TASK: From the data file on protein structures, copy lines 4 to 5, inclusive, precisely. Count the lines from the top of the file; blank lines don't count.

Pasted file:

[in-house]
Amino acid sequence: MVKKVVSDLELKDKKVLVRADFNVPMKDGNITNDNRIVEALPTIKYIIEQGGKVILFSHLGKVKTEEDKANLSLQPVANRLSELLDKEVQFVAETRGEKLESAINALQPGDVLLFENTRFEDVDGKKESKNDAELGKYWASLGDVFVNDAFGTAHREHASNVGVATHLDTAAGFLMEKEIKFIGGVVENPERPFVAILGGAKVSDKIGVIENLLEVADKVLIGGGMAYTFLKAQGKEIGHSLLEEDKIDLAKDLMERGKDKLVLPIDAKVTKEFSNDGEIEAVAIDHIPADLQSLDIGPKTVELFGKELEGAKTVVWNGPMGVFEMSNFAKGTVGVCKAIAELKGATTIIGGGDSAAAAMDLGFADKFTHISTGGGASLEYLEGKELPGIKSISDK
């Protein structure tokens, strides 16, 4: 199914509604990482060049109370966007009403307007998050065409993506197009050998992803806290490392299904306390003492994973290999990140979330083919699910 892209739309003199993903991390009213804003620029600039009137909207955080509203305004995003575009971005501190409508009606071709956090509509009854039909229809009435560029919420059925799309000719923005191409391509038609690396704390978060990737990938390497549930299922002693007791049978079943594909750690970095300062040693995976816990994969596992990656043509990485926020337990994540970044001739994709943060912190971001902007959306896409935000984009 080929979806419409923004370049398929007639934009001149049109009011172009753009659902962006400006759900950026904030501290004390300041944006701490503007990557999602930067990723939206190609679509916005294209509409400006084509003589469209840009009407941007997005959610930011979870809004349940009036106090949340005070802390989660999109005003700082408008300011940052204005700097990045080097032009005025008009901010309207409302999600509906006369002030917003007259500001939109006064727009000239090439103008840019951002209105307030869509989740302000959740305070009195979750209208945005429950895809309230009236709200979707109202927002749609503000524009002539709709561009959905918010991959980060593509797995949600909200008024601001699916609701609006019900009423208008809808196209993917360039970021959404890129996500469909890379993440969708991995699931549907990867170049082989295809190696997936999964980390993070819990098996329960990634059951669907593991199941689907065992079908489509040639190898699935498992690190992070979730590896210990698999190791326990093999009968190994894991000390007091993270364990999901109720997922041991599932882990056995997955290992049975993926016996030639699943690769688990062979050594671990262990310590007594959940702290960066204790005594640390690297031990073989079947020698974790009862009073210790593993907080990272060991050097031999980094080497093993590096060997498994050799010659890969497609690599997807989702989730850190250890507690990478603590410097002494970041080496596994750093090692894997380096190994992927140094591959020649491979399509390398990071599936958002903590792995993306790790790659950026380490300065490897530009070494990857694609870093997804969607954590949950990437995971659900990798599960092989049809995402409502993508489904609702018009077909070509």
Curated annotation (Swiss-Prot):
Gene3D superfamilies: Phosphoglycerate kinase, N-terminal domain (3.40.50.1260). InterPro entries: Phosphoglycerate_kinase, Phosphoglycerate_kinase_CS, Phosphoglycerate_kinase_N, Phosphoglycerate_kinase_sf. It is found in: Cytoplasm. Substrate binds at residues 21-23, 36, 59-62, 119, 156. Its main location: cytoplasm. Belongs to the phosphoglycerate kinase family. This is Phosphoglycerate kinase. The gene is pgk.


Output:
Curated annotation (Swiss-Prot):
Gene3D superfamilies: Phosphoglycerate kinase, N-terminal domain (3.40.50.1260). InterPro entries: Phosphoglycerate_kinase, Phosphoglycerate_kinase_CS, Phosphoglycerate_kinase_N, Phosphoglycerate_kinase_sf. It is found in: Cytoplasm. Substrate binds at residues 21-23, 36, 59-62, 119, 156. Its main location: cytoplasm. Belongs to the phosphoglycerate kinase family. This is Phosphoglycerate kinase. The gene is pgk.